Lanthanum is a metallic chemical element in the rare earth group on the periodic table. There are a number of commercial uses for lanthanum, ranging from lighting to medication for the treatment of kidney failure. Most consumers do not interact directly with this element, although they may own products with components made from lanthanum. It should be noted that although lanthanum is called a “rare earth” metal, it is not in fact rare at all, and it is fairly abundant on Earth.
In its pure form, lanthanum is extremely soft, and it has a silvery white color. The metal is so malleable that it can almost be worked by hand, and it can be easily cut through with a knife. Pure lanthanum is rather unusual in nature; this element is usually isolated from minerals or metallic compounds which have traces of lanthanum. The element is extremely reactive for a member of the rare earth group, and it is identified by the symbol La on the periodic table of elements. The atomic number of this element is 57, and some scientists classify it in the lanthanide group, preferring this technical term to “rare earth metals.”
The discovery of lanthanum is credited to Carl Mosander, who identified it in 1839. Almost 100 years later, another chemist successfully isolated the element. Later developments in chemistry allowed people to more easily extract lanthanum and other rare earth metals from compounds, making them more readily available. The name of the element is derived from the Greek lanthanein, which means “to lie hidden,” a reference to the difficulty that Mosander had in identifying the element.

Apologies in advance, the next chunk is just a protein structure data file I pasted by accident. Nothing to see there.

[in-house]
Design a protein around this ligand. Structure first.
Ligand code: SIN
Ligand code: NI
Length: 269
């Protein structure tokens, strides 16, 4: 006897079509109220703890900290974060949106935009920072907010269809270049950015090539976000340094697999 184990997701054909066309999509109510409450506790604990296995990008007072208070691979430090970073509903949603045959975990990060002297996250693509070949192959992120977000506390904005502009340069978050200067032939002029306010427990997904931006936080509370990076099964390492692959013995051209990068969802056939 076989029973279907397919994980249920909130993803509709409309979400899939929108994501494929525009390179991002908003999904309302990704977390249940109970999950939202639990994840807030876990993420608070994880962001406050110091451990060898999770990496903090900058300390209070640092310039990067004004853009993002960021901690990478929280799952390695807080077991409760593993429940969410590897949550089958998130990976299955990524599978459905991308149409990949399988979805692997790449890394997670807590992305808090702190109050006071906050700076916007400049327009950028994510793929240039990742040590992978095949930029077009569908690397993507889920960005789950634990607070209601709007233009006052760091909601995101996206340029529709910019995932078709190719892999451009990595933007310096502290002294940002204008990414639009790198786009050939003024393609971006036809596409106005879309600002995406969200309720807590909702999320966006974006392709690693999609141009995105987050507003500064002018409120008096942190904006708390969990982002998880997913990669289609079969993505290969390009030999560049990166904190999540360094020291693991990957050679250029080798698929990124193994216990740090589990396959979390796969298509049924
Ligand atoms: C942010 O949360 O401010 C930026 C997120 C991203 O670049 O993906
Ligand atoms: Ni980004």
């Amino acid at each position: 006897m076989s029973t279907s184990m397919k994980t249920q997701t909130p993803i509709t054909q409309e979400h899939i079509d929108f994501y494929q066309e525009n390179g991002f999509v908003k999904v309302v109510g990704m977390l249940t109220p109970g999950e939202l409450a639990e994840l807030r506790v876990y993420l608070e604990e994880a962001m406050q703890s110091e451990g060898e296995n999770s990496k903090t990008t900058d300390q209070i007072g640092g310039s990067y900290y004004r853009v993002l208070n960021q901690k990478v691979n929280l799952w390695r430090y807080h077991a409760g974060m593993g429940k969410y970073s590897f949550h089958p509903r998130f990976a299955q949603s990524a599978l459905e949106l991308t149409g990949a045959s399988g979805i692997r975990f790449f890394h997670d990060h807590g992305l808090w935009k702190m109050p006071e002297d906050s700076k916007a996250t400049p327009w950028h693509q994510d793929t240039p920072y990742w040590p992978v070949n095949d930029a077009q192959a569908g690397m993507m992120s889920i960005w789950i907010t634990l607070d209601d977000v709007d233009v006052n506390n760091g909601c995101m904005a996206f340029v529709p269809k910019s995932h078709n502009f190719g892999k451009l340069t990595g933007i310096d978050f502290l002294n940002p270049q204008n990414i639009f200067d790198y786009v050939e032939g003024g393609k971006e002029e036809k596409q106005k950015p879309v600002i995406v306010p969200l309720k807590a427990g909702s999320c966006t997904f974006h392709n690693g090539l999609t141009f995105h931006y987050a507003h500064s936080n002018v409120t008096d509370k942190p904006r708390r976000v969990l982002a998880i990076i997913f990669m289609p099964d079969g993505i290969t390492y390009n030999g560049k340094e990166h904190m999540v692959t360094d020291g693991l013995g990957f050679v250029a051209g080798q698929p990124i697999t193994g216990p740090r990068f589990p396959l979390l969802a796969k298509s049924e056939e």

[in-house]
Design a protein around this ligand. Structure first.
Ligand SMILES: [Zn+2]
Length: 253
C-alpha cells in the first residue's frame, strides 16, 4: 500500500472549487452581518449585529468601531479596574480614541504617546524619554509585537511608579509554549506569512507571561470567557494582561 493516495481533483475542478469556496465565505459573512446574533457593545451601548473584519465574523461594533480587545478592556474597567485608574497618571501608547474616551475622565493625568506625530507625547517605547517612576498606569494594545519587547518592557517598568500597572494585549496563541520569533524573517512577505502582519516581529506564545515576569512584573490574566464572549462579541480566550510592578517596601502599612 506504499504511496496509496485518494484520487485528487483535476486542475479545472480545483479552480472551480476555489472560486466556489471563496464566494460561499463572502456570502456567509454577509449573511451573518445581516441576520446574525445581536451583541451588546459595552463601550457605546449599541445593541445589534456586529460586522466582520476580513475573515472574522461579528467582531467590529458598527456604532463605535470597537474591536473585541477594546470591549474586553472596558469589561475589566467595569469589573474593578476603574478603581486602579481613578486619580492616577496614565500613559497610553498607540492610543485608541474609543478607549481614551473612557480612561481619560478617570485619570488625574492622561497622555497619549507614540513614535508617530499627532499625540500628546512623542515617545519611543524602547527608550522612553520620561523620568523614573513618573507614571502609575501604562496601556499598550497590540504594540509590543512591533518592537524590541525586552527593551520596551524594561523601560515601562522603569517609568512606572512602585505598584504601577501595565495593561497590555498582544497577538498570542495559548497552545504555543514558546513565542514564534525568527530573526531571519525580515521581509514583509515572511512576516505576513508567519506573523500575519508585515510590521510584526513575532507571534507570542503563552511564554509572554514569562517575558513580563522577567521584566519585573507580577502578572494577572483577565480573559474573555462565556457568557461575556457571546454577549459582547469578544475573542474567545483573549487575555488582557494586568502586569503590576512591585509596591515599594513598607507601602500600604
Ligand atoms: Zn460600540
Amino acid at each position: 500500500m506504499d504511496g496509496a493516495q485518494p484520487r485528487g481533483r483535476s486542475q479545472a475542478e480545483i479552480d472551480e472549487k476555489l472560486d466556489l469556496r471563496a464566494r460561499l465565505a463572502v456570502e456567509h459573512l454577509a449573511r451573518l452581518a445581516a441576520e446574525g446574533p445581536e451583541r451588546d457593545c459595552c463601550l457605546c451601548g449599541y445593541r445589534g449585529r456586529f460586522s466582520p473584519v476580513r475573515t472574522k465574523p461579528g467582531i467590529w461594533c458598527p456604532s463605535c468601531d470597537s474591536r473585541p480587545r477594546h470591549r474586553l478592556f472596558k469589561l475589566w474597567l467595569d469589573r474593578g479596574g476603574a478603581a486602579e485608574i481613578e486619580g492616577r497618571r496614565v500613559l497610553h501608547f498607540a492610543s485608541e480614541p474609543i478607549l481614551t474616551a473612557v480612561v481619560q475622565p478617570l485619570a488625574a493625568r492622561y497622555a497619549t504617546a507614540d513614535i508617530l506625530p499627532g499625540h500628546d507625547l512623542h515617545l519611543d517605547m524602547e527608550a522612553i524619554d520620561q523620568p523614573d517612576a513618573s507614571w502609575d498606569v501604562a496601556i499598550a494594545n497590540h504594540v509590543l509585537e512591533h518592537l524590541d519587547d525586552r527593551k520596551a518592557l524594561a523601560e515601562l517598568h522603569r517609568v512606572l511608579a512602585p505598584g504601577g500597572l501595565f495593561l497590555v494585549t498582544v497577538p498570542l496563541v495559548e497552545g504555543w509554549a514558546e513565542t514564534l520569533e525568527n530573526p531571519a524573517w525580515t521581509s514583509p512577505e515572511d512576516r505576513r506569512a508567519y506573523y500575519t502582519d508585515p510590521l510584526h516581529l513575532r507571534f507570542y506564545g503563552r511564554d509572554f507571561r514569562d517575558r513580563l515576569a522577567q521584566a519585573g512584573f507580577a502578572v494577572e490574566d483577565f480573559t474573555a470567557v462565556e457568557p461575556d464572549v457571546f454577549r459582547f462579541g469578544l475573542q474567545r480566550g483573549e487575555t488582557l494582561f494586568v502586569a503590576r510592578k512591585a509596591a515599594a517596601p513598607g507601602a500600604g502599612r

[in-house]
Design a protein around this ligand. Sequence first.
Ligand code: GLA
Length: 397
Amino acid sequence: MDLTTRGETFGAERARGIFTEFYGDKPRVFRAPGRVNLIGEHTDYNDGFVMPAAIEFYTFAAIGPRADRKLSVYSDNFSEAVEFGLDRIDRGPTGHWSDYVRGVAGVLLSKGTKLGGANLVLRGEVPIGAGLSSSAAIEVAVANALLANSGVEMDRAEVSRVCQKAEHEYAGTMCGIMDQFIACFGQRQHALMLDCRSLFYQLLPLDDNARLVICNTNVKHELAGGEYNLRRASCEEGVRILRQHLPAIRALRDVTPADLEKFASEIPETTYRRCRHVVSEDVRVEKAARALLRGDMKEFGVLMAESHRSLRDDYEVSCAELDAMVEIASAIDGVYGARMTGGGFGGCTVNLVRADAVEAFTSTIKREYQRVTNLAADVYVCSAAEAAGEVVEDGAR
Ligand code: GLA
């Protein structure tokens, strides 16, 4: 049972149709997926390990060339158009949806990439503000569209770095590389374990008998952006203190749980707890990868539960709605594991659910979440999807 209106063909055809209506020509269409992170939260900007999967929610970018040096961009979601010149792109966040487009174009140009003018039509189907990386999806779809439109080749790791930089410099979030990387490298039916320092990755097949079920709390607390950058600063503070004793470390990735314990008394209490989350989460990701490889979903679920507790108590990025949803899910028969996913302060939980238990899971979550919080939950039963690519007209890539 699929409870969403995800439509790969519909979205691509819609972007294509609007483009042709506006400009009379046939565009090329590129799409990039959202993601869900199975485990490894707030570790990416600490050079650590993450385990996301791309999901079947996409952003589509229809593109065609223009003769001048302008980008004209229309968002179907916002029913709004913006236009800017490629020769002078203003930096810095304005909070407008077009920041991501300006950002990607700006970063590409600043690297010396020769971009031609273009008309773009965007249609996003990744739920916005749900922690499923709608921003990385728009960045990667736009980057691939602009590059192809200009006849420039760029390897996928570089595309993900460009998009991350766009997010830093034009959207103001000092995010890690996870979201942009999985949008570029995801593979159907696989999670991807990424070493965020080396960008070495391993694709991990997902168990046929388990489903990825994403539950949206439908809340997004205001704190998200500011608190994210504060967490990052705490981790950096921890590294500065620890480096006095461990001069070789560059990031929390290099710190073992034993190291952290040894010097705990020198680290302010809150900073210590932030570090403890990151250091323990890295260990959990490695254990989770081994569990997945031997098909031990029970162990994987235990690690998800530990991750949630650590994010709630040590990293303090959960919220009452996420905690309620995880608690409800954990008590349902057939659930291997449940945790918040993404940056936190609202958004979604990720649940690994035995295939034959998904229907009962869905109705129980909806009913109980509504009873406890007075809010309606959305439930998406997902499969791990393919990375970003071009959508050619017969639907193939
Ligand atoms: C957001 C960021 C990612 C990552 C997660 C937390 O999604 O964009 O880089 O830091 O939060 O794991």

Glass and optics manufacture use a great deal of lanthanum, and the element is also used as a hydrocarbon cracking catalyst in oil refineries. Commercial studio lighting may integrate lanthanum elements, and it is also used in superconductors and various metal alloys. In alloys, lanthanum softens a metal, making it easier to work and sometimes more durable as well. A number of other industries use lanthanum in things as diverse as microscopes and pool cleaners.
This element does not appear to play a vital biological role, although it may be mildly toxic. Studies on lanthanum exposure suggest that it could cause organ damage in large amounts. Medications which utilize lanthanum are approved for human use, but people should otherwise be careful when handling lanthanum, especially around substances which is may react with, like nitrogen, halogens, and sulfur.